Having to deal with multiple computers at work and home could be painstaking. You will have to have a bunch of important files in a portable drive or an online backup service like Dropbox to carry all your data. But what if there is just way too much data to be carried around or synced back to a cloud based service?
What if the data is too sensitive to carry around in thumb drives or to store in third party services? That’s when remote access comes to the rescue. Well known cloud computing company Wyse PocketCloud offers their PocketCloud app to securely access your desktop anytime and anywhere from your iOS (and Android) devices. Follow me after the fold to set up remote access to your desktop.
Wyse PocketCloud allows business professionals, system admins and end users to securely access their PC and virtual desktops remotely at their convenience. Once you install the desktop companion apps, you can carry your computing infrastructure on your palm. The companion app is a free download for both Mac and Windows. There is a lite version of the app available for free on iOS app store, but if you want to add more clients and to go ad free, the pro version will cost you $14.99.
One of the most important concerns when using a remote connection is security. Since there is a very good chance that you might be accessing sensitive business or personal information, it’s absolutely necessary to ensure that the connection is encrypted. If you aren’t satisfied with the level of security offered by the free version of PocketCloud, upgrade to the Pro version to avail RDP 256 bit and VNC 128 bit encryption.
Setting Up the Desktop
As I mentioned earlier, Wyse PocketCloud offers you free desktop companion clients for both Windows and Mac computers. And in both cases, the installation procedure is almost the same. At the end of a standard installation process, you will be asked to link you Gmail account for auto discovery. Now, unless you plan to take the roundabout road or access a VMware image or RDP, skip this step to enter the Advanced set up.
I chose to go with the quick setup as I wanted my setup to be a straightforward remote access. The app lets you use your existing Google Account for auto discovery. I entered my Google login credentials (for some reason, Ctrl V wasn’t working in my MacBook Pro, so right click and paste instead) and after a few clicks, the process was complete. If the username and password you entered are correct, all the requirements in the checklist will be ticked off. A Wyse PocketCloud icon shows up in the menu bar and you can change the preferences (port number, sleep options etc.) from there.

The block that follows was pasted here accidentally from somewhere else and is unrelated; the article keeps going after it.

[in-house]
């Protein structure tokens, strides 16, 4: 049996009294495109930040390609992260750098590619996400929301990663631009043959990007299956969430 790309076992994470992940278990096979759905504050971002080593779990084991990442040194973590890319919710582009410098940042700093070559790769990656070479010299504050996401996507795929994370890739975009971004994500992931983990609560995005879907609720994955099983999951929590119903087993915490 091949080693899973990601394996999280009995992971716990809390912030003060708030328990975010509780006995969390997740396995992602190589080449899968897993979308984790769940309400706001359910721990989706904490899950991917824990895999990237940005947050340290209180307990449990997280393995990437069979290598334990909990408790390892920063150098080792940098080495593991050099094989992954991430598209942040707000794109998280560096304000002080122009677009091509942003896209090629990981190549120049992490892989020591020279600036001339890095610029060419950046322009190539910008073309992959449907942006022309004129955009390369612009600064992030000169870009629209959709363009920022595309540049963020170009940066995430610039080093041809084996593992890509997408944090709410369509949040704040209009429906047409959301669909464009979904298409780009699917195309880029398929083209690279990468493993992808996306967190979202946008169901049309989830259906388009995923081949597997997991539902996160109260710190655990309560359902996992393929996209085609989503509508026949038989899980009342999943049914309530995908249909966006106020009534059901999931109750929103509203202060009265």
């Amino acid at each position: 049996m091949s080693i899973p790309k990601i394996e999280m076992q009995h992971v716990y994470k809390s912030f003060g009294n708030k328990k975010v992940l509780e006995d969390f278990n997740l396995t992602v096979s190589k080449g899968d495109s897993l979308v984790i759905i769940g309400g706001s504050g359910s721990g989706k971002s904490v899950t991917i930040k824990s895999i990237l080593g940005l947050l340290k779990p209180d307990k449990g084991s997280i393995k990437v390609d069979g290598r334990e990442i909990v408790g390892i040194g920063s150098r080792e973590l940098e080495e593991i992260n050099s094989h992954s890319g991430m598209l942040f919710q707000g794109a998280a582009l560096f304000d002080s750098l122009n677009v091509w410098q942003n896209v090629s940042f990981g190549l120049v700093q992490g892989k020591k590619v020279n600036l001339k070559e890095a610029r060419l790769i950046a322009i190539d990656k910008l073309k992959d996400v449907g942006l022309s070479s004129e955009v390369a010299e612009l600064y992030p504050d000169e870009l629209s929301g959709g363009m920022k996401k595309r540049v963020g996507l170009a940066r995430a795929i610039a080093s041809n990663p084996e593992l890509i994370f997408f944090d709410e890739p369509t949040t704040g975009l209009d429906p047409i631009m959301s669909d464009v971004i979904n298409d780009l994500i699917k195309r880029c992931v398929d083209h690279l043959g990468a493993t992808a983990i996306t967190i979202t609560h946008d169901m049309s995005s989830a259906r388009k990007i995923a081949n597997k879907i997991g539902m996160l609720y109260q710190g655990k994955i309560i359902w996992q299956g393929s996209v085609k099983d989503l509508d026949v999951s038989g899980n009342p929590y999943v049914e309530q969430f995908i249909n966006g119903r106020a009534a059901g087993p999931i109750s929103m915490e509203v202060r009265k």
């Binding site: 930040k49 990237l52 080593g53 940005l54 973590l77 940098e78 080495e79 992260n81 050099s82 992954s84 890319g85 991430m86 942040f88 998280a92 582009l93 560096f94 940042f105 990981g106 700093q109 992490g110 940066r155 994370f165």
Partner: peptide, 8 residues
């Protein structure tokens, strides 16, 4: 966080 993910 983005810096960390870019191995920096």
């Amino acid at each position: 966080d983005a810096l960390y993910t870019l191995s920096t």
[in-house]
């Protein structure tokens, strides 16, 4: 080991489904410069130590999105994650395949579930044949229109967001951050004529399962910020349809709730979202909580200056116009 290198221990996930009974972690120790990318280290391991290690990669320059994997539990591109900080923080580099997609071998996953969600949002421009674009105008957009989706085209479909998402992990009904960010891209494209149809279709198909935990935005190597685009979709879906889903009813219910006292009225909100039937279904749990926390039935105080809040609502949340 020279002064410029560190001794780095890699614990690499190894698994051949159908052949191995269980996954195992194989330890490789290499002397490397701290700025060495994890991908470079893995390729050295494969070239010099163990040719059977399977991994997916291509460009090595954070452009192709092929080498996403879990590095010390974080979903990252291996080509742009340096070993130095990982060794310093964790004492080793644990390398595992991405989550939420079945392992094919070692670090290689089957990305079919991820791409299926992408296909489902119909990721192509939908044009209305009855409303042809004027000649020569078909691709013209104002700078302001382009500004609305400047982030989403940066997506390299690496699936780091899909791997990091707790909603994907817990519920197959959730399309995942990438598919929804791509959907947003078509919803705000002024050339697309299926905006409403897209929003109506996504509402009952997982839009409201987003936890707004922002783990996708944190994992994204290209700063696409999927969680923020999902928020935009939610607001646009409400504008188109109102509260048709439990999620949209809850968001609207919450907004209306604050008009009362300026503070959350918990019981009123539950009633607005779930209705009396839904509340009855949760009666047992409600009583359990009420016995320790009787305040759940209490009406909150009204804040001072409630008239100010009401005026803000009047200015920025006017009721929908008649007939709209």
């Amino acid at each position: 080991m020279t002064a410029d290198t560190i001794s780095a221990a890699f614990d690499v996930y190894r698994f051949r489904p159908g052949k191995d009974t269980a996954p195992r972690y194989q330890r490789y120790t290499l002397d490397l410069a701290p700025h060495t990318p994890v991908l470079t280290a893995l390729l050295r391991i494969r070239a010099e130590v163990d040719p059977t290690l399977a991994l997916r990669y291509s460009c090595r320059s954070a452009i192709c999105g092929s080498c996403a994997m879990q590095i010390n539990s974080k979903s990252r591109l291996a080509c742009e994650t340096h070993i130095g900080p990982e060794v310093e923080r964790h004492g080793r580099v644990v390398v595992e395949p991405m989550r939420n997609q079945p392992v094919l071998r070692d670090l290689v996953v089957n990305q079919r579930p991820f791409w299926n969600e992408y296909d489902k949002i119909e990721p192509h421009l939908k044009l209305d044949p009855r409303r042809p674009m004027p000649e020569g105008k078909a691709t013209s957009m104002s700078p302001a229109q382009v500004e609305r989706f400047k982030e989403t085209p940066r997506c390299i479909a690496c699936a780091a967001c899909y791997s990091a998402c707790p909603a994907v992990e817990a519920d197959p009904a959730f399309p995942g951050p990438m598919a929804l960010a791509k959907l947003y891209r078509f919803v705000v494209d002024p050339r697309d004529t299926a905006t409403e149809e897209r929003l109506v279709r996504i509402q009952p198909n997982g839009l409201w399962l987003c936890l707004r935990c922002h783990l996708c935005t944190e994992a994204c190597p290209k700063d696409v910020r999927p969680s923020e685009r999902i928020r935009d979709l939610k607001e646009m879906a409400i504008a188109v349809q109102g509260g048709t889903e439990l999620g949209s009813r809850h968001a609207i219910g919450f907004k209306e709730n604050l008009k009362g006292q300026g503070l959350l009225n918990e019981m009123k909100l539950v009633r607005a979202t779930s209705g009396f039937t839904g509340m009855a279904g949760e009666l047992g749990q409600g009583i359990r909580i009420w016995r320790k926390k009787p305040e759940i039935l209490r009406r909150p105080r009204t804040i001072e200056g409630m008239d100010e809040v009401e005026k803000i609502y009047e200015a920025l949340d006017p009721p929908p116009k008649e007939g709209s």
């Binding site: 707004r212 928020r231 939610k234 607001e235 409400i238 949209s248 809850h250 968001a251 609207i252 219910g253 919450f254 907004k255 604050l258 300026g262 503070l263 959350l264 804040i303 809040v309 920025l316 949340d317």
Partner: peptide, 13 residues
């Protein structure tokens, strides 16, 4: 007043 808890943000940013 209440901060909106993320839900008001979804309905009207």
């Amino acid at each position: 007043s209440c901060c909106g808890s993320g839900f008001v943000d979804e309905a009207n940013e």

Accessing From iPad
At launch you will have to choose between the Quick and Advanced setup options. I logged in with the same Google account I set up the desktop client with. If you are willing share anonymous usage data with the app developers, accept their request in the following screen.
List of Available Remote Computers
After a couple of minutes the app discovered my Windows 7 desktop and was ready to to be accessed remotely. I tapped on the listed desktop and instantly I was shown the login screen of my desktop. I thought it might take a while, but the app was fairly responsive.
Login Screen on the iPad
Once you get into the system from the iPad, your session in the PC will be locked out. As soon as that happens, you will get full desktop access in your iPad screen. All my files including the ones on my desktop were still there. Why wouldn’t they be? After all the purpose of the app is ensure full blown desktop access remotely isn’t it?
Windows 7 Start Menu
I was able to move around the virtual desktop with ease and even though there was a slight lag while attempting to type, it is hardly noticeable. In fact this very paragraph was composed remotely on a Google Docs document I was working earlier in my Chrome browser.
I tried accessing all the folders and files and found it a bit annoying not being able to scroll by touching anywhere on the screen. You will have to stick to the scroll bars in the explorer for navigation.
For those who prefer to use the mouse, there is a toggle button that helps you alternate between left and right clicks. On top of this, there are dedicated sections in the app for combination of hot keys, numlock and arrow keys too!
I tried playing music, but for some reason the audio wasn’t working. The videos played fine, without too much lag or distortion, but still no audio though. Once you are done poking around, hit the Disconnect button to get out of the session. Now, if you login back to your desktop, you will find everything in the same state you have left earlier.
After playing around with Wyse PocketCloud I was floored by its performance and the app found itself in the first page (there are over five pages) of my homescreen. The free version is downright capable of handling all your remote desktop needs and the ads aren’t much of a distraction. There are a couple of improvements I would love to see in the future upgrades. First is the ability to use the touch surface to scroll anywhere in the screen. And second, the ability to retain the Aero Glass effects on my Windows 7!